How Gamification Is Still F#$%&ing Up Our Elections

With democracy at stake, our leaders play a dangerous game

Sam Liberty


Over the summer I noticed some troubling things about how game design was interfering with our political process and creating some very strange behaviors among our politicians.

These observations were chiefly about debate qualifying criteria in the 2024 Republican primary.

At the time of writing, those debates are over, and the primaries of both parties are in full swing. However, the broken game of party primaries is still massively f#%&ing up our elections.

Only now, instead of influencing how candidates campaign, the rules of the game are being applied in an unequal way to influence directly who will be each party’s nominee, leading to an outcome that is undesirable to nearly everyone in the country.

Winner Take All?

The first thing to note is that the two major parties run their primaries differently. The Democratic primary is, for the most part, proportional. So if you win 20% of the votes in a state, you take home about 20% of the delegates up for grabs.

This leads to outcomes where candidates can eek out small wins that snowball into larger ones, playing “small ball” and targeting specific states where they can win big. It theoretically keeps the primary competitive for longer and is moderately more democratic.

The Republican primary, on the other hand, leans toward “winner take all” or “winner take most” contests. In this type of primary, whoever wins a plurality of the votes (meaning more than any other candidate in the race, even if it is not greater than 50%) takes home most or in some cases all the delegates up for grabs.

This leads to more drastic and cut-throat primaries that consolidate political mass and momentum swiftly. These types of primaries are punishing to smaller campaigns and make it infeasible for a candidate to build up momentum once the primary has started. It rewards the largest political force in the race, instead.

Winner Makes the Rules?

Now, you might be thinking, “OK, this is interesting, but what difference does this make? And where do these weird rules come from anyway?”

Glad you asked. You see, the rules that govern a political party’s primaries come from a mixture of the states, the states parties, and the national committee of the party (the DNC and RNC). The DNC and RNC control the order of elections and influence the state parties’ rules, for instance whether there will be a caucus or a primary election. And, critically, how the delegates will be awarded.

Generally speaking, the national committees of the two major parties make rules to ensure the primaries are well-run, fair, good for the national party, and good for the state parties. They are supposed to remain neutral in terms of candidates, not supporting one over the other.

However, this year, in both parties, we see certain candidates wielding outsized power over their party’s primary rules. These pols, Donald Trump and Joe Biden (and the people around them) have made moves, sometimes subtle and sometimes overt, to stack the deck in their own favor. This has led to some pretty strange outcomes.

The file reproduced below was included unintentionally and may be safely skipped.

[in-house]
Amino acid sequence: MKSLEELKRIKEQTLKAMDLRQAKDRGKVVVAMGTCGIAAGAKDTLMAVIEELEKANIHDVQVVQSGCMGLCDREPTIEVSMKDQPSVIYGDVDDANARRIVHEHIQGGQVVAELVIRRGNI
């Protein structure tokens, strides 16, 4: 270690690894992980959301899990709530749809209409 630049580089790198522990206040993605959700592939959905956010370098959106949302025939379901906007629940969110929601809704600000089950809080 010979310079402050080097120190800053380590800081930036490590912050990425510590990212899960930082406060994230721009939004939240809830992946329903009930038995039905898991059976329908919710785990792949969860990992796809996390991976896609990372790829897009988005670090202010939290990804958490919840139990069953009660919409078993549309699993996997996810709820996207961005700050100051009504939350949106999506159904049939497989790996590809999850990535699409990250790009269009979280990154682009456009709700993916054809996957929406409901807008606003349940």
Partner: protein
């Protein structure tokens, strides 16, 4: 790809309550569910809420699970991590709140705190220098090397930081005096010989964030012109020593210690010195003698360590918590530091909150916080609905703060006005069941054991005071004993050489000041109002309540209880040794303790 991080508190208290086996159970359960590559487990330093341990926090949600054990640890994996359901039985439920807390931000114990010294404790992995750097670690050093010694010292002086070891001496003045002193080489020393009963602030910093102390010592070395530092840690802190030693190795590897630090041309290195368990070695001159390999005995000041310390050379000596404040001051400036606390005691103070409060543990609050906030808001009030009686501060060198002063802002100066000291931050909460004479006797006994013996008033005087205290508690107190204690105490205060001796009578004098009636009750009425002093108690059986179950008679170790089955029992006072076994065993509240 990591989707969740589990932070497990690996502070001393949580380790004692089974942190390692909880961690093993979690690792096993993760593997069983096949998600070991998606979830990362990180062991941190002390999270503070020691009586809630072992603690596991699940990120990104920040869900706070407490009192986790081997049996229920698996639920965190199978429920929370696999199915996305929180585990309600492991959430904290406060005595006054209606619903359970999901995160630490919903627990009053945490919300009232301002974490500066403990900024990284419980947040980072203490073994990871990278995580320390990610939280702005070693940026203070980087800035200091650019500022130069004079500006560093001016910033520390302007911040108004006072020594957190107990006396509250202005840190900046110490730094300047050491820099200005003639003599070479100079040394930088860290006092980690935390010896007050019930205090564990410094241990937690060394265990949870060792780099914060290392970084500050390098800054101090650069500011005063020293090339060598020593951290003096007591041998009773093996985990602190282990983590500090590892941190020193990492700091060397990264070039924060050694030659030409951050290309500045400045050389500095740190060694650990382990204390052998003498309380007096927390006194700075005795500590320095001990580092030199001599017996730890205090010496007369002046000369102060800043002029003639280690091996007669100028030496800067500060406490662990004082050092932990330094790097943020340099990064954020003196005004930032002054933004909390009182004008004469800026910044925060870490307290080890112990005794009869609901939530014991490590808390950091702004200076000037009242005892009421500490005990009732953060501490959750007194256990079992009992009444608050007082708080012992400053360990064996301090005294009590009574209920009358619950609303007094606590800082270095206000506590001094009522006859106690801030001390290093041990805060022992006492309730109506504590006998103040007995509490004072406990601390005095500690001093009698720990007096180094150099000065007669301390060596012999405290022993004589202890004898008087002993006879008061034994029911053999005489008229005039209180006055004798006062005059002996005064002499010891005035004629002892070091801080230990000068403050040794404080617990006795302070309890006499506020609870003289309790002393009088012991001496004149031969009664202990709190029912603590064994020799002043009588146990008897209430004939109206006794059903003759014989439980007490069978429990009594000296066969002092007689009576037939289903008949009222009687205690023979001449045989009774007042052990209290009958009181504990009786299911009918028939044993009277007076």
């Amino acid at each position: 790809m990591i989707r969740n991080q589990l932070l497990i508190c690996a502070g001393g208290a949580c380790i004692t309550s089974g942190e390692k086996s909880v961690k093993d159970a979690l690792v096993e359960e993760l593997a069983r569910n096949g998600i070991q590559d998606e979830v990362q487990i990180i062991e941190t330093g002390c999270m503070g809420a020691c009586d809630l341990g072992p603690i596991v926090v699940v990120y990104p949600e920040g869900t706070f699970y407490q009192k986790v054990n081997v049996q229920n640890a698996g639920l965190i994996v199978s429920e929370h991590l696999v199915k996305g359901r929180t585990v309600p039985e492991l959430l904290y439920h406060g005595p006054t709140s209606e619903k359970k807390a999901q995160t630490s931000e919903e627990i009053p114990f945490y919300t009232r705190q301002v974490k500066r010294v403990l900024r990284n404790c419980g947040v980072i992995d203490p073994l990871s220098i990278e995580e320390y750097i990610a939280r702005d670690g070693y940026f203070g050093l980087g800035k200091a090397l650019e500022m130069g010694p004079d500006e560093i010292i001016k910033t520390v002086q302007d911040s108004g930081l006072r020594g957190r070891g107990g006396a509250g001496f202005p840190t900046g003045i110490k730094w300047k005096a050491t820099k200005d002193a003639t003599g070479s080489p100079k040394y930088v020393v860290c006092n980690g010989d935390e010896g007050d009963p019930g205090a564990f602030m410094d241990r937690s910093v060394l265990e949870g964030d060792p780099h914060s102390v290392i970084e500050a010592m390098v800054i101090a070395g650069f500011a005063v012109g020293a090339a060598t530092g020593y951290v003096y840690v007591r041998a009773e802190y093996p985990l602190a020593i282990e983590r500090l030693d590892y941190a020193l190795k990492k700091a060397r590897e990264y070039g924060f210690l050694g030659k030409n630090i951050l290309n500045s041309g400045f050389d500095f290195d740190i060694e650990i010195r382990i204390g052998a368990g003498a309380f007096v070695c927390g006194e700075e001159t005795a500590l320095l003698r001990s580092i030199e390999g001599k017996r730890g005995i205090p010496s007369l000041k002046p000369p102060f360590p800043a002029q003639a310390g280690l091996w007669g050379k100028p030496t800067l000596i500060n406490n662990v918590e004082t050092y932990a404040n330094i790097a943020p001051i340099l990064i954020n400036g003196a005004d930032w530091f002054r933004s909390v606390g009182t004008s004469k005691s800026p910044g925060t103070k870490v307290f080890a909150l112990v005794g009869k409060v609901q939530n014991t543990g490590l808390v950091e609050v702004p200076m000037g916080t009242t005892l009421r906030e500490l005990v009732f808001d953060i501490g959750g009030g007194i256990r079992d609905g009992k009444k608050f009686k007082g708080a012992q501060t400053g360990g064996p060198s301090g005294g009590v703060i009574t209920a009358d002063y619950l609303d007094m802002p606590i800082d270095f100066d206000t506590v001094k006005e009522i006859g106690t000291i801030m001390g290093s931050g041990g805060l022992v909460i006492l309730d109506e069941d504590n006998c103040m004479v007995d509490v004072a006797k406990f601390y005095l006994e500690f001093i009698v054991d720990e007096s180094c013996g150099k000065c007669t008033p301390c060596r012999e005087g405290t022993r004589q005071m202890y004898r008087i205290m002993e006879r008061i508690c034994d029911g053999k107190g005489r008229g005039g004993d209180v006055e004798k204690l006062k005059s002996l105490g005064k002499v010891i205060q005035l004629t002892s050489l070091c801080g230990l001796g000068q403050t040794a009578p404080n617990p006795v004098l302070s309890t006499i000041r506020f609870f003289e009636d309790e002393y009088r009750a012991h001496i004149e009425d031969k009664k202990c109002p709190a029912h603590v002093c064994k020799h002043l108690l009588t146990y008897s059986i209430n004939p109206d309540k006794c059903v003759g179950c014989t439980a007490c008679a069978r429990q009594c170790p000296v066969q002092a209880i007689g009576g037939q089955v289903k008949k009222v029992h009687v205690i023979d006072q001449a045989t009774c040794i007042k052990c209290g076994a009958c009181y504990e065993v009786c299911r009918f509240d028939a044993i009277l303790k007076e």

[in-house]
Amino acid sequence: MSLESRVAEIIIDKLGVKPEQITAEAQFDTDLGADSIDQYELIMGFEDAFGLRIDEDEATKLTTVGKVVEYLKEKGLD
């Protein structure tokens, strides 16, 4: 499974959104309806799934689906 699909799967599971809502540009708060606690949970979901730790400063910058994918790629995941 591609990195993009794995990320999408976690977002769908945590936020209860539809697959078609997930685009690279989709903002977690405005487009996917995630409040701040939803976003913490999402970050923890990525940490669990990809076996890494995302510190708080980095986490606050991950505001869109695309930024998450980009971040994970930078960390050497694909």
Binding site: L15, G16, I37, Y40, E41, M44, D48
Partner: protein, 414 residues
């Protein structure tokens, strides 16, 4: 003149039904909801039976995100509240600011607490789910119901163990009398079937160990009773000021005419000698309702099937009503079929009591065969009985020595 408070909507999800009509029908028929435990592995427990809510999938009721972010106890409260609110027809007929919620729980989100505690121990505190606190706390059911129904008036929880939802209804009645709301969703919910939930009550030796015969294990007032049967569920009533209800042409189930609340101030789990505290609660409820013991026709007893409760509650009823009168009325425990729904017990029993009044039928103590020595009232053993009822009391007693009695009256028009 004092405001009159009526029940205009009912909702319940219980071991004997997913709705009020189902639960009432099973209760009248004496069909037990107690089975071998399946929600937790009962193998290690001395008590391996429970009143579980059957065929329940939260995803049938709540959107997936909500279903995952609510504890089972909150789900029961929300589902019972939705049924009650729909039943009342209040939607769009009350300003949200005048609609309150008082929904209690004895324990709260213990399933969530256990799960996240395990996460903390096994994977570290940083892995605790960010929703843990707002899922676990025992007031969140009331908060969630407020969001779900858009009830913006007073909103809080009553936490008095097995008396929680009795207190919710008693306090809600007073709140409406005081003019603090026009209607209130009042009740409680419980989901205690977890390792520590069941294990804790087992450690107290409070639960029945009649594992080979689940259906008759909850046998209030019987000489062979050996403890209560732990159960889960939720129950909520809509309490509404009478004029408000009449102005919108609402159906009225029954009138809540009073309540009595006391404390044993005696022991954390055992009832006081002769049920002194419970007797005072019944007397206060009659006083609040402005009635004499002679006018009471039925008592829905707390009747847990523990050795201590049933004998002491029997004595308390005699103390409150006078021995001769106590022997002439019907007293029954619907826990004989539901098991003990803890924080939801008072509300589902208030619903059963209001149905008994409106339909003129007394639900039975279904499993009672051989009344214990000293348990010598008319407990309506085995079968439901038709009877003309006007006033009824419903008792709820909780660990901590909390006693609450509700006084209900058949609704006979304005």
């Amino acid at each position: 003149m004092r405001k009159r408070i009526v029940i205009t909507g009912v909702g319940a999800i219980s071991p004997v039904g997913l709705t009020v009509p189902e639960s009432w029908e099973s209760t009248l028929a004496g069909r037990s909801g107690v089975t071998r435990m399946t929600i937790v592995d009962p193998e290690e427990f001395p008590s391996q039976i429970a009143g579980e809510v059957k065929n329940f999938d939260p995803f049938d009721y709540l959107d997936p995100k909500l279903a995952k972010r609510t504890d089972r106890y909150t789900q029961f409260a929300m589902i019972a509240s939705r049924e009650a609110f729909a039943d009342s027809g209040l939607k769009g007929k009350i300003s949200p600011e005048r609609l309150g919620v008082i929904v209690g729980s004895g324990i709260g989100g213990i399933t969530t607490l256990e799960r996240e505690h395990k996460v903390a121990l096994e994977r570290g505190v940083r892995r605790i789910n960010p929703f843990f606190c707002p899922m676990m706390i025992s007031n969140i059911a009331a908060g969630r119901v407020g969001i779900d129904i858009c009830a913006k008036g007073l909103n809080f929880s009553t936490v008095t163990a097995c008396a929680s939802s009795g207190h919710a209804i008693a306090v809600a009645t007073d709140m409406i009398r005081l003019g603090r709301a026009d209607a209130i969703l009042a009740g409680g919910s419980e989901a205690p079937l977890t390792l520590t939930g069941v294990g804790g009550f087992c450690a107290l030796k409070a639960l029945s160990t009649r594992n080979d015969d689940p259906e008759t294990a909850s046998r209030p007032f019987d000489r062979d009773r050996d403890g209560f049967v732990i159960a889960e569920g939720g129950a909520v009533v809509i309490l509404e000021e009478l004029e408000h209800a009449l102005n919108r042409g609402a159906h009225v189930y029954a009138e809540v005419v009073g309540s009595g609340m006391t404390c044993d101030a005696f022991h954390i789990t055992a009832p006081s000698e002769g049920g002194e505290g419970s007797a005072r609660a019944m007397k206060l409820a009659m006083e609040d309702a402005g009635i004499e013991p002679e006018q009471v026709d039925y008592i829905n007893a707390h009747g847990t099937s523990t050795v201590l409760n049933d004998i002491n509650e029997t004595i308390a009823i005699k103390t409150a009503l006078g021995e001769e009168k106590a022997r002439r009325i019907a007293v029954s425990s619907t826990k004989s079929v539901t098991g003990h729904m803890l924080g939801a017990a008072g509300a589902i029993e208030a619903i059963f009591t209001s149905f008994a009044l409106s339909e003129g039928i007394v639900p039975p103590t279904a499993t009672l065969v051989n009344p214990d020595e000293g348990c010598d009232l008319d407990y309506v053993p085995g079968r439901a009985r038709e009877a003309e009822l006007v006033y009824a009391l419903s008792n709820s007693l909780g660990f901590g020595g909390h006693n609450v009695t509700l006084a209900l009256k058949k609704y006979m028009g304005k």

1. Disenfranchising New Hampshire Voters

New Hampshire is proudly “first in the nation” when it comes to primaries. In fact, the state of NH actually has a law requiring them to be first.

If you’ve been paying attention to the primaries, you will recall that they were indeed first. But something strange happened on the Democratic side: Joe Biden won the primary… as a write-in candidate.

Why wasn’t Biden on the ballot?

The reason is as strange as it is cynical. Earlier this cycle, the DNC announced that despite NH’s first in the nation status, they would move South Carolina up in the primary order to be the first in the Democratic race.

This was transparently to the benefit of Biden, a weak incumbent.

South Carolina is a state that Biden famously shows strength in. After all, winning the 2020 primary there rocketed him to the head of the pack, going from a distant third place to the unquestioned leader.

So by making South Carolina first, Biden would be able to demonstrate his strength against any potential challenger. No serious Democrat would think to challenge the President knowing they faced imminent defeat in the first contest.

So what happened in New Hampshire?

Because the state, by law, must be first, they insisted on holding their primary before South Carolina’s. In censure, the DNC stripped them of their delegates and refused to add Biden to the ballot.

This created an opportunity for others to challenge him in the state, but even if a potential challenger won, they would not receive any delegates. But since Biden won, this move ended up denying him the delegates. If you think this is ironic, keep reading.

2. Giving Trump A Super Tuesday Trump Card

While the Democrats were reshuffling the deck to benefit Biden, the RNC, run by Trump-loyalist Ronna (Romney) McDaniel was pulling its own chicanery.